12. 12. Site inventory: Show stoppers <ul><li>Check project page for 7.x version or core status </li></ul><ul><li>Consider dependency change </li></ul><ul><li>Look for upgrade paths or replacement modules </li></ul><ul><li>If missing, you’ll probably want to rebuild and migrate </li></ul>
    13. 13. Determine upgrade paths <ul><li>Drupal core always has an upgrade path – See UPGRADE.txt </li></ul><ul><li>Many popular modules have upgrade paths </li></ul><ul><li>Some modules include documentation to migrate to other modules </li></ul>
    14. 14. Replace deprecated modules <ul><li>Nodewords is replaced with Metatags – no backwards compatibility </li></ul><ul><li>Thickbox is replaced by Colorbox – a drop-in replacement </li></ul>
    15. 15. Upgrade process <ul><li>Find a way to quickly instantiate a copy </li></ul><ul><li>Backup and work on a new instance </li></ul><ul><li>Disable all contrib modules …and test </li></ul><ul><li>Upgrade Drupal core …and test </li></ul><ul><li>Upgrade contrib modules in order of importance to the site …and test </li></ul>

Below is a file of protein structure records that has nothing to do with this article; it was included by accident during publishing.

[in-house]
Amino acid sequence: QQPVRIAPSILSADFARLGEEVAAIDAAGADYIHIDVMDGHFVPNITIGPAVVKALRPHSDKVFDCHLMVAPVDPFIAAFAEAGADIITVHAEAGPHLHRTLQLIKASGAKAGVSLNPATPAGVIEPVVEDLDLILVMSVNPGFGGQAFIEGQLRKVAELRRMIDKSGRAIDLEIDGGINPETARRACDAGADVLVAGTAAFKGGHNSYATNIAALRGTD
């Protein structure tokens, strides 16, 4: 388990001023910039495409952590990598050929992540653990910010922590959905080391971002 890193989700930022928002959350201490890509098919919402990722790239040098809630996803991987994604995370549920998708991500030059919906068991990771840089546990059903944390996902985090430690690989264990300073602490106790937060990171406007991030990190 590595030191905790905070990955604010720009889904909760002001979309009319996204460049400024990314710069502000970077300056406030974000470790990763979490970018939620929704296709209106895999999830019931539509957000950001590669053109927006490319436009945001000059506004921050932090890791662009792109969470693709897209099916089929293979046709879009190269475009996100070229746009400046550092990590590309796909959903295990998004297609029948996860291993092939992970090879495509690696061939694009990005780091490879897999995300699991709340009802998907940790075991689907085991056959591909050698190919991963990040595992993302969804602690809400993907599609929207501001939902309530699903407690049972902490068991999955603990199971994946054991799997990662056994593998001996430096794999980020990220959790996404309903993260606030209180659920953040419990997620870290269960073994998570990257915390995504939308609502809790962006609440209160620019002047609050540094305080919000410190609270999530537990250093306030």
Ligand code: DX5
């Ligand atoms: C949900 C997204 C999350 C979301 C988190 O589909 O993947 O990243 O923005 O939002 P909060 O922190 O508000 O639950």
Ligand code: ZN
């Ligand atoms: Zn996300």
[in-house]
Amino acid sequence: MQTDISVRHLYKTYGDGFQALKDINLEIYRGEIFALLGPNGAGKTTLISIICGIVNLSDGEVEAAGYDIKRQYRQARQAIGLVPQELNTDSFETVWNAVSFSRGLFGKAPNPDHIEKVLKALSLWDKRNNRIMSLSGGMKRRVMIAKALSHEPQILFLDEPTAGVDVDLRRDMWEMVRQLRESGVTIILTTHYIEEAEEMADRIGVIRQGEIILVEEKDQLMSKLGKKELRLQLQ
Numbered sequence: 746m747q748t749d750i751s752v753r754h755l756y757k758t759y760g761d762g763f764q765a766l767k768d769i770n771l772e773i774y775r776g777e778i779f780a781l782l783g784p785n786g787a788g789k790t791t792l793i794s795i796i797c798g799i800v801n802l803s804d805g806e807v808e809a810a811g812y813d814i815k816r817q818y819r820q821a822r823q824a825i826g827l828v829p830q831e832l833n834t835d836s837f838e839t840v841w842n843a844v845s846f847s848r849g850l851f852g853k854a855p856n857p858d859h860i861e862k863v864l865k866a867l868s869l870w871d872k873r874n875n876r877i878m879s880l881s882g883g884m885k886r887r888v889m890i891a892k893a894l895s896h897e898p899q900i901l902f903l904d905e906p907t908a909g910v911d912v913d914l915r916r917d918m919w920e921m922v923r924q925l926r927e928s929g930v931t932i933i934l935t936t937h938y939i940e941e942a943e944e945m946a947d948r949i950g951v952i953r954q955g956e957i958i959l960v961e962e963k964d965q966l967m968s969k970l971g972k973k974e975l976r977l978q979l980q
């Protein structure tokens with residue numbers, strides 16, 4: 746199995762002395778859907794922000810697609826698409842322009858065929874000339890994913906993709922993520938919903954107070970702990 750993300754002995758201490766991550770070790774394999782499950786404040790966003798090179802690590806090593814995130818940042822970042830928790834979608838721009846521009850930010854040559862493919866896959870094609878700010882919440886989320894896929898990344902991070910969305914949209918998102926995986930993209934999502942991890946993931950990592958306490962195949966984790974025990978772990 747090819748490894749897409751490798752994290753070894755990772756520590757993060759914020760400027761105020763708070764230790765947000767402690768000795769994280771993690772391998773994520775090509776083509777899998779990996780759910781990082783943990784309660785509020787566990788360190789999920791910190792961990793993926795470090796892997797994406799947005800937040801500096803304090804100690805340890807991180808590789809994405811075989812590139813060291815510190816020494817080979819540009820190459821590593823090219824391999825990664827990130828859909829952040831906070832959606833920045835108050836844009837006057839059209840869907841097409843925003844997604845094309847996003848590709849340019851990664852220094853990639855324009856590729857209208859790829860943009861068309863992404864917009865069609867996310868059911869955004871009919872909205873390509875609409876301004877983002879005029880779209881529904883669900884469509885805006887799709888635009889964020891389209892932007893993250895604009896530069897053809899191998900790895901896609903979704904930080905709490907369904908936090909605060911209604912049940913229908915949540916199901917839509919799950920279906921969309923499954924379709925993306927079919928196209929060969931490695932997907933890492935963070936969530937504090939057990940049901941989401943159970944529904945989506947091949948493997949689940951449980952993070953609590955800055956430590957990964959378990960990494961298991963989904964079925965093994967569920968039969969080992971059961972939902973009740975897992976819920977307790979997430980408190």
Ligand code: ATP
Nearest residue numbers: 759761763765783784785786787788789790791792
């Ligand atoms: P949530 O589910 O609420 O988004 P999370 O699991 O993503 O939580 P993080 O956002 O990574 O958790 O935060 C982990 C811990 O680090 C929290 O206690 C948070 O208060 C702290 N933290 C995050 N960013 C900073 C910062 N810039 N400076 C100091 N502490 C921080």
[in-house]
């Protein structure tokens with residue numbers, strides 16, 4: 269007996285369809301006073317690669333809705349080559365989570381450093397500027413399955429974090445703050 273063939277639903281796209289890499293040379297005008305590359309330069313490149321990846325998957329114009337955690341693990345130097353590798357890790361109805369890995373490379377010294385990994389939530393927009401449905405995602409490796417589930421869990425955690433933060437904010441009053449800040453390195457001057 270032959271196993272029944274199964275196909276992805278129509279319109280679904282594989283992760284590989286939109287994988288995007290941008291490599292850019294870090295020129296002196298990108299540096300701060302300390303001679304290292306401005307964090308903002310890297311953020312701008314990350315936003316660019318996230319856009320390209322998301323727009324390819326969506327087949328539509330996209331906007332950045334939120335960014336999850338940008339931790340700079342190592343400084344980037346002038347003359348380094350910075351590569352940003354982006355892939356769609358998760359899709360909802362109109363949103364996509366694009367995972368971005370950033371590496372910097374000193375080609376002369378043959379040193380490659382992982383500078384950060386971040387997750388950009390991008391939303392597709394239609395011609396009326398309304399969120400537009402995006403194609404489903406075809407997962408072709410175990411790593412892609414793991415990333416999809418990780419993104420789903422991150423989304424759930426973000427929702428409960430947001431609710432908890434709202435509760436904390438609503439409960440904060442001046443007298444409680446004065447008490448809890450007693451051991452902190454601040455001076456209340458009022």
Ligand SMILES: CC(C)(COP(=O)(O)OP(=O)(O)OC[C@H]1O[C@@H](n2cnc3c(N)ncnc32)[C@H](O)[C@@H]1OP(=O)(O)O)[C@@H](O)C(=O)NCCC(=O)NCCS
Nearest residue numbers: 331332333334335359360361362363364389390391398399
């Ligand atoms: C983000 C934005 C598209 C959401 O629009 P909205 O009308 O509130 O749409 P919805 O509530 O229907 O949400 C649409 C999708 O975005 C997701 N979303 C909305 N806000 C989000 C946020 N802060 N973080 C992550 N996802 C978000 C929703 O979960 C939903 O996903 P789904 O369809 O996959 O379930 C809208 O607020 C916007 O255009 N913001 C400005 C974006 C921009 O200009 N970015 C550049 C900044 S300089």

16. 16. Upgrade process: Core <ul><li>See drupal.org/node/570162 </li></ul><ul><li>Set theme to a core theme </li></ul><ul><li>Disable all contrib modules </li></ul><ul><li>Remove settings.php </li></ul><ul><li>Copy 7.x over existing site </li></ul><ul><li>Run update.php </li></ul><ul><li>Upgrade CCK content </li></ul>
    17. 17. Upgrade process: CCK to Fields API <ul><li>See drupal.org /node/ 1144136 </li></ul><ul><li>Install CCK 7.x </li></ul><ul><li>Admin > Structure > Migrate Fields </li></ul><ul><li>May need additional CCK-related modules </li></ul><ul><li>Test content and content types </li></ul>
    18. 18. Upgrade process: Contrib modules <ul><li>Download and install 7.x versions </li></ul><ul><li>Check project page for migration instructions </li></ul><ul><li>Drush is your friend </li></ul><ul><li>drush dl module </li></ul><ul><li>drush en module </li></ul><ul><li>drush updatedb </li></ul>